By Camilo Smith
By Craig Malisow
By Jeff Balke
By Angelica Leicht
By Jeff Balke
By Sean Pendergast
By Sean Pendergast
By Jeff Balke
Growing up in the Rio Grande Valley, Danny Villarreal had heard the stories from his grandparents. His ancestors, it was whispered, had come to Mexico from Spain under something of a cloud. Apparently, they were not purebred Castilian Spaniards, but members of a persecuted minority -- namely, Jews who had converted to Catholicism on pain of death at the hands of the Spanish Inquisition.
Villarreal was intrigued. As he grew older, he took up genealogy as a hobby. "It's turned into a pretty big thing," he says. Villarreal discovered a paper trail to back up the stories of his family's elders. In Saltillo, Mexico, he found a 380-year-old document that concerned one ancestor of his -- Diego de Villarreal -- who had gotten a little too full of himself for the local padre's liking. "One of the documents out of Saltillo was the parish priest complaining to the Inquisition about this guy Diego de Villarreal, who had some silver mines and was a captain in the military," Villarreal says. "The complaint was that he would come into town wearing silk clothing and jewelry, and he was allowed to bear arms. People who were 'New Christians' " -- recently converted Jews -- "were not allowed to do those things. It was all political, he had a lot of power, he had his own little army. I guess the Church didn't like that."
In the end, nothing came of the priest's tattling letter. The Inquisition's enforcers weren't about to leave their comfortable offices in Mexico City and sully their long black robes in the Nuevo Leon dust, not to mention risk their scalps at the hands of the Apaches and Comanches then raiding along the route, and the local authorities swept the affair under the rug. For good reasons: "The thing was that the people who were ruling northern Mexico during that time were all descendants of Jews, so this priest didn't have the political power to be able to get him out," Villarreal says.
At least that's the theory. And as far as the case of Diego de Villarreal goes, it would seem that in the 17th century, northern Mexico -- which included Texas, New Mexico, Arizona and California -- was run and in no small part populated by crypto-Jews. But was there anything to back up this idea other than legends and moldering documents in Mexican archives? Couldn't it be that the priest had been motivated to denounce de Villarreal as an uppity New Christian by simple jealousy? Or maybe de Villarreal had insulted the priest. Who knows?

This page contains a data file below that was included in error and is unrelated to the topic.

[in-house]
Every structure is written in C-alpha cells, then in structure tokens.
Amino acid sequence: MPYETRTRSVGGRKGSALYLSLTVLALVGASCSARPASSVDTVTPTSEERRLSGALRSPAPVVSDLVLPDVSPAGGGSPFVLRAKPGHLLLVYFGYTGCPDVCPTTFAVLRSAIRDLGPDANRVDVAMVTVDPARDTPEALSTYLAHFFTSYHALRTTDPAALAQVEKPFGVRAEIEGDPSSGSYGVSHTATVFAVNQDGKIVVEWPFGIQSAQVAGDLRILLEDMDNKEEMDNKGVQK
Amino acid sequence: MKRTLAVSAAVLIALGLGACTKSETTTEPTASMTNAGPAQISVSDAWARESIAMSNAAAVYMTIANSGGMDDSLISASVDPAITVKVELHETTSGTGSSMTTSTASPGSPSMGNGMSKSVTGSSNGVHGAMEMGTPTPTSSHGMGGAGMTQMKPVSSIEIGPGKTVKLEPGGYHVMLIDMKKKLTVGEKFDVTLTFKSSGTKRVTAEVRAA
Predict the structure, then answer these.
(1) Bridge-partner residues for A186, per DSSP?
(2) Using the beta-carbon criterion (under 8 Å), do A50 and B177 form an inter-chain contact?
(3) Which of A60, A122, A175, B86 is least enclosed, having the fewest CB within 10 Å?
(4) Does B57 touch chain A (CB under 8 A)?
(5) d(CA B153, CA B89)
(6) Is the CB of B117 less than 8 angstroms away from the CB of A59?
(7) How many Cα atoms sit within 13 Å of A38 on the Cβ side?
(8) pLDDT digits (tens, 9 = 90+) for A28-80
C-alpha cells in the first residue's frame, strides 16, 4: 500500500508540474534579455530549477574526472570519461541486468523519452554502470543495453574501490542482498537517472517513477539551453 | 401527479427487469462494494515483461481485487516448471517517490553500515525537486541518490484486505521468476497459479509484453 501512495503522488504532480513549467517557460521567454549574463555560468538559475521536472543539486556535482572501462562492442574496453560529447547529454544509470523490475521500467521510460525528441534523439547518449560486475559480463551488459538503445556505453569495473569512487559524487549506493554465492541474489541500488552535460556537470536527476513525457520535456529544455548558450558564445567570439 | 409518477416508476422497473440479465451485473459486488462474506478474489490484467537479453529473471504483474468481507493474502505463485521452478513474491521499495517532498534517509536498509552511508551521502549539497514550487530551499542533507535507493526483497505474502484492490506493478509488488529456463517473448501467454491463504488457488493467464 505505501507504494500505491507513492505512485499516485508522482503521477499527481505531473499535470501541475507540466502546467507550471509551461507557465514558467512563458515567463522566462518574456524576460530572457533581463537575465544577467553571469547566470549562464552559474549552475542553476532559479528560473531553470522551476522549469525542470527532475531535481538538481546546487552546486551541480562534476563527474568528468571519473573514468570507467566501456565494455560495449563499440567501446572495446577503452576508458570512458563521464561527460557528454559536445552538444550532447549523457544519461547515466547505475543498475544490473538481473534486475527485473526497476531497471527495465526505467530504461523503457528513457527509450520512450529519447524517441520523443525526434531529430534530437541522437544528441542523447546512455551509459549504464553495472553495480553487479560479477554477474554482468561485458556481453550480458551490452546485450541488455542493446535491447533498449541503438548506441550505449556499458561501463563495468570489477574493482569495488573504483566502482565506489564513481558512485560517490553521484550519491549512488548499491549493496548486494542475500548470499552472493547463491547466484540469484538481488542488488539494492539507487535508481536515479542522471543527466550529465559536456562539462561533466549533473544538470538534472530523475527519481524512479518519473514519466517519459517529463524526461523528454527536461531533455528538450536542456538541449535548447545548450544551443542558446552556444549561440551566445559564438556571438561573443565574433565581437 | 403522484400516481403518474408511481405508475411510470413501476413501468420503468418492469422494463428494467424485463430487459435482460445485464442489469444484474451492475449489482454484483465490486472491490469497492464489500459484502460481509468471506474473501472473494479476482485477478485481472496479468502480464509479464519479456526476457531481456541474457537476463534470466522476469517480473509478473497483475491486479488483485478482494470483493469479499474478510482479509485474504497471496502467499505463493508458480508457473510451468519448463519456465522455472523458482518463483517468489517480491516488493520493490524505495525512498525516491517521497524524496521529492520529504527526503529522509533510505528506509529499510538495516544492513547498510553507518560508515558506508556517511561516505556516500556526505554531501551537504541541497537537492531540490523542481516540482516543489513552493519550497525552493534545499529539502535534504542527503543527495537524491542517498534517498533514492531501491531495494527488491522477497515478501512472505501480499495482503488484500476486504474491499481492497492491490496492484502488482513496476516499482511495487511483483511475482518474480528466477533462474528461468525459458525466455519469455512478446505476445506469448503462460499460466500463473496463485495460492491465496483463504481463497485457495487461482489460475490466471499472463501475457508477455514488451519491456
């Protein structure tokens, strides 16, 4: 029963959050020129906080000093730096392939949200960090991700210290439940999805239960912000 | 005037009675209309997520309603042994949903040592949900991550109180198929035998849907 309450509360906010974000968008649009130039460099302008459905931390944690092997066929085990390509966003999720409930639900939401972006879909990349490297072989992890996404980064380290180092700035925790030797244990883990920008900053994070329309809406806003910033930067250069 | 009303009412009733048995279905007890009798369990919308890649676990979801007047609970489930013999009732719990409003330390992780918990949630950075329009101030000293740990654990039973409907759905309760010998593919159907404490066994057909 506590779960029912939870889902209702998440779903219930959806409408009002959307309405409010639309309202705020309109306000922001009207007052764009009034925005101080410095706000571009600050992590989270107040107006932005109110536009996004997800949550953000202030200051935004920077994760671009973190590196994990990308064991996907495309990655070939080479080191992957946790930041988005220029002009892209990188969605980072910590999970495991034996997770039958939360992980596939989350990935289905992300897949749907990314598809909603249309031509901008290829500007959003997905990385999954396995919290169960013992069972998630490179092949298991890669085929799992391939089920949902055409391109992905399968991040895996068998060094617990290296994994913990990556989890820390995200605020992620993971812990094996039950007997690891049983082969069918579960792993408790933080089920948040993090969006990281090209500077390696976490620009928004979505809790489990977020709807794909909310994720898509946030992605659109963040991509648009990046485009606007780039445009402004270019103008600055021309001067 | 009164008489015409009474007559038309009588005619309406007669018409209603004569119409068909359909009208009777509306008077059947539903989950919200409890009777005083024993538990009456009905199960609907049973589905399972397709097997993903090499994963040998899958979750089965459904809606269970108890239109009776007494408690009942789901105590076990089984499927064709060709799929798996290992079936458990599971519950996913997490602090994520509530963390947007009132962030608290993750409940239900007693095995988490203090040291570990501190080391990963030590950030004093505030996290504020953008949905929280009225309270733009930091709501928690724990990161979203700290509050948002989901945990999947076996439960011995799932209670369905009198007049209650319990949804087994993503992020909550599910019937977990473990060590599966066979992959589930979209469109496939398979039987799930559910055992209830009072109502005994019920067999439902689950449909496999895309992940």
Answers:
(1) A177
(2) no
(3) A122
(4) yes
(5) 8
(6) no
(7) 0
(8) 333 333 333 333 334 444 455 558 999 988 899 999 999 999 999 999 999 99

The long and the short of it is this: Sometimes documents tell lies, but DNA never does, at least if you conduct your tests in a competently run lab. Danny Villarreal, now a partner in a Harlingen architectural firm, discovered a Houston company, Family Tree DNA, that conducts DNA tests for genealogical purposes. He ordered a kit, swabbed some genetic material from the inside of his cheek and mailed it back to Houston. FTDNA sent the test off to a genetics lab at the University of Arizona, and a few weeks later Villarreal got his results back. Although the company didn't find that he was related to anyone then in its database, it did have a few surprises for him.
First, there was his haplogroup -- the genetic marker that goes back on his Y chromosome for tens of thousands of years. All humanity is divided into 18 of these, and Mexicans of European descent would likely be in either haplogroup R-1A or R-1B, the most common groups in Western Europe, or if they were primarily of Native American descent, Q or Q-3. Villarreal's was E-3B, which is a Semitic haplogroup that evolved in East Africa and then spread around the Mediterranean and is most common today in the Middle East and in North and East Africa. Then there were his closest genetic matches. All three of them were to Jews in places like Hungary, Belarus and Poland. It appeared that the parish priest back in Saltillo had not been lying after all.
On discovering his Jewish ancestry, Villarreal says, his reaction was mixed. "I was kinda surprised. I didn't know how to react," he says. "I'm a good ol' Catholic boy -- I went to Catholic schools and everything. It's not gonna change my religion or anything like that, but it was kind of interesting."
It turns out that Villarreal is far from alone. There are plenty of genetic Jews among the Hispanics of South Texas, the American Southwest and northern Mexico. Companies like FTDNA are turning them up all the time -- not to mention establishing kinships where none were known to exist, solving history's mysteries and answering questions people have about themselves that until now had no answers.
"History Unearthed Daily" is the motto of FTDNA, and stories like Villarreal's are fairly common, says company president and CEO Bennett Greenspan. Companies like FTDNA and its competitors Relative Genetics, DNA Heritage, DNA Consulting and African Ancestry (which specializes in the genes of black Americans) all can help you answer some compelling questions. Maybe you're a member of a certain Indian tribe, and you've just been granted a casino license. Suddenly you have kinfolk coming out of the woodwork. These tests can help separate the real Native Americans from the fakes. Or maybe you were adopted, and you don't have a clue about your past. These companies -- or at least the responsible ones -- can't guarantee that they will find your parents, or even anyone you're related to, but they can tell you your haplogroup, which could be vital information. For example, perhaps people of your ancestry suffer from certain genetic ailments; knowing this could save your life.